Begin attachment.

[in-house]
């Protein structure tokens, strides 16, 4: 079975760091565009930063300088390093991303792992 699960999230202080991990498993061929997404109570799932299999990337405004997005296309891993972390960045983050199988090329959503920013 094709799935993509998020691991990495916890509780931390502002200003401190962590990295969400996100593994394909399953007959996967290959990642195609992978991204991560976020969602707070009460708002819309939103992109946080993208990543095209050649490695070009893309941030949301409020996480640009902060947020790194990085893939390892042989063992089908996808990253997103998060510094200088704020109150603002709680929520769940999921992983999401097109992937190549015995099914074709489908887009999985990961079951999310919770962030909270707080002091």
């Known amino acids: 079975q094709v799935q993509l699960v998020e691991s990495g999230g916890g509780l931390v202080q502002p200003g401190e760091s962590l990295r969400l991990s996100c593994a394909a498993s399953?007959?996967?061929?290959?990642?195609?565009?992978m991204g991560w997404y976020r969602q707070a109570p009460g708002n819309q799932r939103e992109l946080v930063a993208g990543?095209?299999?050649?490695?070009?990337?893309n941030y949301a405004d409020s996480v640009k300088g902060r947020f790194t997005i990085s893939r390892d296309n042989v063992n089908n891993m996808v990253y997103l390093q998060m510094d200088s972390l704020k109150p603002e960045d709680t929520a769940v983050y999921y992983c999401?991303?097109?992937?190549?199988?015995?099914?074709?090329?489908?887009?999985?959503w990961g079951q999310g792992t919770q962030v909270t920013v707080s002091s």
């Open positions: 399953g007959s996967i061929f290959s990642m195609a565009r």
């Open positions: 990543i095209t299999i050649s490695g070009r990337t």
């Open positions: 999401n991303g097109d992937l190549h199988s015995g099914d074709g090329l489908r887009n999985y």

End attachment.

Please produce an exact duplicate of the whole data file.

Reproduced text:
[in-house]
């Protein structure tokens, strides 16, 4: 079975760091565009930063300088390093991303792992 699960999230202080991990498993061929997404109570799932299999990337405004997005296309891993972390960045983050199988090329959503920013 094709799935993509998020691991990495916890509780931390502002200003401190962590990295969400996100593994394909399953007959996967290959990642195609992978991204991560976020969602707070009460708002819309939103992109946080993208990543095209050649490695070009893309941030949301409020996480640009902060947020790194990085893939390892042989063992089908996808990253997103998060510094200088704020109150603002709680929520769940999921992983999401097109992937190549015995099914074709489908887009999985990961079951999310919770962030909270707080002091």
């Known amino acids: 079975q094709v799935q993509l699960v998020e691991s990495g999230g916890g509780l931390v202080q502002p200003g401190e760091s962590l990295r969400l991990s996100c593994a394909a498993s399953?007959?996967?061929?290959?990642?195609?565009?992978m991204g991560w997404y976020r969602q707070a109570p009460g708002n819309q799932r939103e992109l946080v930063a993208g990543?095209?299999?050649?490695?070009?990337?893309n941030y949301a405004d409020s996480v640009k300088g902060r947020f790194t997005i990085s893939r390892d296309n042989v063992n089908n891993m996808v990253y997103l390093q998060m510094d200088s972390l704020k109150p603002e960045d709680t929520a769940v983050y999921y992983c999401?991303?097109?992937?190549?199988?015995?099914?074709?090329?489908?887009?999985?959503w990961g079951q999310g792992t919770q962030v909270t920013v707080s002091s």
């Open positions: 399953g007959s996967i061929f290959s990642m195609a565009r």
């Open positions: 990543i095209t299999i050649s490695g070009r990337t």
């Open positions: 999401n991303g097109d992937l190549h199988s015995g099914d074709g090329l489908r887009n999985y």